Welcome to the gun show where the AR-15 is the hottest ticket in town.
One gun owner says he uses his AR-15 for target practice and predators.
"It functions real well, very accurate, light weight. I like it, it's reliable," he said.
The AR-15 is the most commonly used rifle for marksmanship training and competition. But, it's been the target of a lot of criticism ever since the Connecticut school shooting.
And all that negative talk about the AR-15 is turning into a positive for gun shop owners. They are selling them as fast as they can get them.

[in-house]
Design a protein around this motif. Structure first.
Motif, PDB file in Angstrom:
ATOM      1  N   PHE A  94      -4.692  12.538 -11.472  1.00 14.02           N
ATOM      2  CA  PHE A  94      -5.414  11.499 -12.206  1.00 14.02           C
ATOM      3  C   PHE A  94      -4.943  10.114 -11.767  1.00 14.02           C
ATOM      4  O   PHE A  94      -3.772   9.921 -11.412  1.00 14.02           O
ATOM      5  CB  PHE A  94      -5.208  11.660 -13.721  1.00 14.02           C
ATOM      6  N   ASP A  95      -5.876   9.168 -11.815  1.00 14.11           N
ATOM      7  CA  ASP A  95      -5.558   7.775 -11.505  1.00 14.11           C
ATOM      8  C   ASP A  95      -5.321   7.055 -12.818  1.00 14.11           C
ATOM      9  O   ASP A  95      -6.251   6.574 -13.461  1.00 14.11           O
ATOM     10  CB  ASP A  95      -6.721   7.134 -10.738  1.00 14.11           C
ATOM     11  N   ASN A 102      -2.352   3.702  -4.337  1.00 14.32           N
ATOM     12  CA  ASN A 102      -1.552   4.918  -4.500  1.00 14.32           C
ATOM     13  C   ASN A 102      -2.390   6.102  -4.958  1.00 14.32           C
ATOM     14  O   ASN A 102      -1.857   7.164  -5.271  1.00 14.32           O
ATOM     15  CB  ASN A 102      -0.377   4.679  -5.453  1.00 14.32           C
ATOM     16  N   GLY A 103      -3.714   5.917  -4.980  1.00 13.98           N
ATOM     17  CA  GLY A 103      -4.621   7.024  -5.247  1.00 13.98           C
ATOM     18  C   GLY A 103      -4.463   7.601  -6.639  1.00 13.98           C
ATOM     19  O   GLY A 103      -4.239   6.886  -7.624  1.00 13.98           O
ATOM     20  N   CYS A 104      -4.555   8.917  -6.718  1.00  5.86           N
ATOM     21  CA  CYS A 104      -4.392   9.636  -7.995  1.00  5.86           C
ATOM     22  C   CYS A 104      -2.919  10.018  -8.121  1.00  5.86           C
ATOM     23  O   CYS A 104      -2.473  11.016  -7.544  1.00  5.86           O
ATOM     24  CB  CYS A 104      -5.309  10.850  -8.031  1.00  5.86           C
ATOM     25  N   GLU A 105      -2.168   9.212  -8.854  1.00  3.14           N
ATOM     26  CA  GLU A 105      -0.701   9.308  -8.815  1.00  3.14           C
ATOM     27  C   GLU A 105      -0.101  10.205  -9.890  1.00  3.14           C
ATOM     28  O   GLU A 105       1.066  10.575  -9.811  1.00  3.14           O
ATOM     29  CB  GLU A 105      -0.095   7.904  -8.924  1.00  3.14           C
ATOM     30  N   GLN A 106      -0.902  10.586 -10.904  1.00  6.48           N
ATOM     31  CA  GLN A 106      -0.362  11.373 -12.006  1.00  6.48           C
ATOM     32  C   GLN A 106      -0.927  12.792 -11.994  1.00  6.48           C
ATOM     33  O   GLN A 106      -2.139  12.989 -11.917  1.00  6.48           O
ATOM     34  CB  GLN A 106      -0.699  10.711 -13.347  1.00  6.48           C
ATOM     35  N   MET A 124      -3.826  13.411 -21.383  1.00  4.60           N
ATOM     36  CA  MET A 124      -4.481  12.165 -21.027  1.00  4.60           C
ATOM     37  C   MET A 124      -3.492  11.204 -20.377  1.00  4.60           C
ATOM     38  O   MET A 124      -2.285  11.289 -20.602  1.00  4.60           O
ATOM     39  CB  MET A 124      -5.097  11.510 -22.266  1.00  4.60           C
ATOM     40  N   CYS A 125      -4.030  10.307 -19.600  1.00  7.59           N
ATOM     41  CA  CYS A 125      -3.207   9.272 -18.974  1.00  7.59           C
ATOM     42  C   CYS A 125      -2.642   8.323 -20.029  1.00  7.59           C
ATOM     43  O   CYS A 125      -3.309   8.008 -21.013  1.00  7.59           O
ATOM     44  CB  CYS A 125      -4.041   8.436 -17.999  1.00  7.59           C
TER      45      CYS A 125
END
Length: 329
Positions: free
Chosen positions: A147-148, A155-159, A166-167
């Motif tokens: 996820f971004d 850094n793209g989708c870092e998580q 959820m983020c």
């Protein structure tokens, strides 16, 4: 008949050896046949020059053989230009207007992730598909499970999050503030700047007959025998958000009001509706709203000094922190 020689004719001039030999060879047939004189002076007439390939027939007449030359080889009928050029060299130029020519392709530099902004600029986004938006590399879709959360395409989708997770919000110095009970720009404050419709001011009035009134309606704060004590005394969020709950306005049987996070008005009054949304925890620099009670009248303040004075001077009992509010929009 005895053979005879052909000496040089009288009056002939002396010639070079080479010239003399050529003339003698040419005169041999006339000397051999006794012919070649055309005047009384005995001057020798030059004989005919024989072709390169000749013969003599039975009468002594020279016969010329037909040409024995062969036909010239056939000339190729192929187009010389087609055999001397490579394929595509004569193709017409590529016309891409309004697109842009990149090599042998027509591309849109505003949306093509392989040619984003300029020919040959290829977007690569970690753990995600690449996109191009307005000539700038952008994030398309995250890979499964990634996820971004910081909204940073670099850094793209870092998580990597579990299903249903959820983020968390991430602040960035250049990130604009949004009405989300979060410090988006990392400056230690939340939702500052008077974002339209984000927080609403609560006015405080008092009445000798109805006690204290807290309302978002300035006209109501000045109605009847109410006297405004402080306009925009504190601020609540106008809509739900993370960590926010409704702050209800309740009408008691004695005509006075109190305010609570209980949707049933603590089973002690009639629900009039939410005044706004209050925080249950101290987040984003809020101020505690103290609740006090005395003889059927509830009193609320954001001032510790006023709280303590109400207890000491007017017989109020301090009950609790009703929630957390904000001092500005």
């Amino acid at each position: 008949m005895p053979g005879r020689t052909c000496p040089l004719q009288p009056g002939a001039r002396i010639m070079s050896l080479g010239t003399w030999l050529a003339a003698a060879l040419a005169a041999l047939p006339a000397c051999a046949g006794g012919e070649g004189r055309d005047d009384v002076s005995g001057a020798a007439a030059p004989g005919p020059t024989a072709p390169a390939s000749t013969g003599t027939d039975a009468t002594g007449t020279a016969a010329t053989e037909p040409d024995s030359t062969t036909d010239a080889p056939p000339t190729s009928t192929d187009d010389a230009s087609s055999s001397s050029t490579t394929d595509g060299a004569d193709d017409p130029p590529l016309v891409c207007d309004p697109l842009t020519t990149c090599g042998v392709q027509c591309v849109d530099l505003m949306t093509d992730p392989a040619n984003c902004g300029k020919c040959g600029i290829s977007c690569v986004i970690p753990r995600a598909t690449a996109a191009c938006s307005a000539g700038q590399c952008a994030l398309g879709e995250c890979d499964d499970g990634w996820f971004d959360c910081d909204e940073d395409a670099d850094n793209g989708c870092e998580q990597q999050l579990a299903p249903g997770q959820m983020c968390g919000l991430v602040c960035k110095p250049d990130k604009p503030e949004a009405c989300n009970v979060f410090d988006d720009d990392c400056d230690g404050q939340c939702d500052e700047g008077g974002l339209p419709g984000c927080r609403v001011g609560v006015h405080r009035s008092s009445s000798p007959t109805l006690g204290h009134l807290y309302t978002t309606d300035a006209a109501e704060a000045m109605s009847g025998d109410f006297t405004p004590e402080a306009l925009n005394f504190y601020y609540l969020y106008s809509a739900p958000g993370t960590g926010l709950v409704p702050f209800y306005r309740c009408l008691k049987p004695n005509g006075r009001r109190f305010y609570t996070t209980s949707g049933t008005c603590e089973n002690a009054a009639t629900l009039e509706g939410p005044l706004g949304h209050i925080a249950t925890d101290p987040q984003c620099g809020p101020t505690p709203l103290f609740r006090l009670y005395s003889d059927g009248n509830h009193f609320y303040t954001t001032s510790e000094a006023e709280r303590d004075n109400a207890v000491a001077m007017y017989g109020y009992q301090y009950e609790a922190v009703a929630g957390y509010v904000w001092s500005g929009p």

"Ya, a lot well into the hundreds," Gary's Gun Shop owner Steve Naatjes said.
Naatjes says the AR-15 is in high demand because people are afraid they won't be able to buy one if the President has his way.
"Anytime there's any impending gun legislation, we get busier," Naatjes said.
And the high demand is also inflating the price.
"You see them on the Internet for crazy money anymore. The guns were probably $1,000 before, $1,500 plus now," Naatjes said.
Gun opponents like to portray the AR-15 as an automatic weapon designed for use on the battlefield simply because they look cosmetically like their military counterparts.
But Naatjes says they're made for the civilian market.
"They are semi-automatic, just like grandpa's 740 Remington and 742 Remington, just because it has wood on it makes it look better, but it's the same thing," Naatjes said.
The National Shooting Sports Foundation surveyed AR-15 gun owners and found nearly 90% of those who own one use it for recreational target shooting.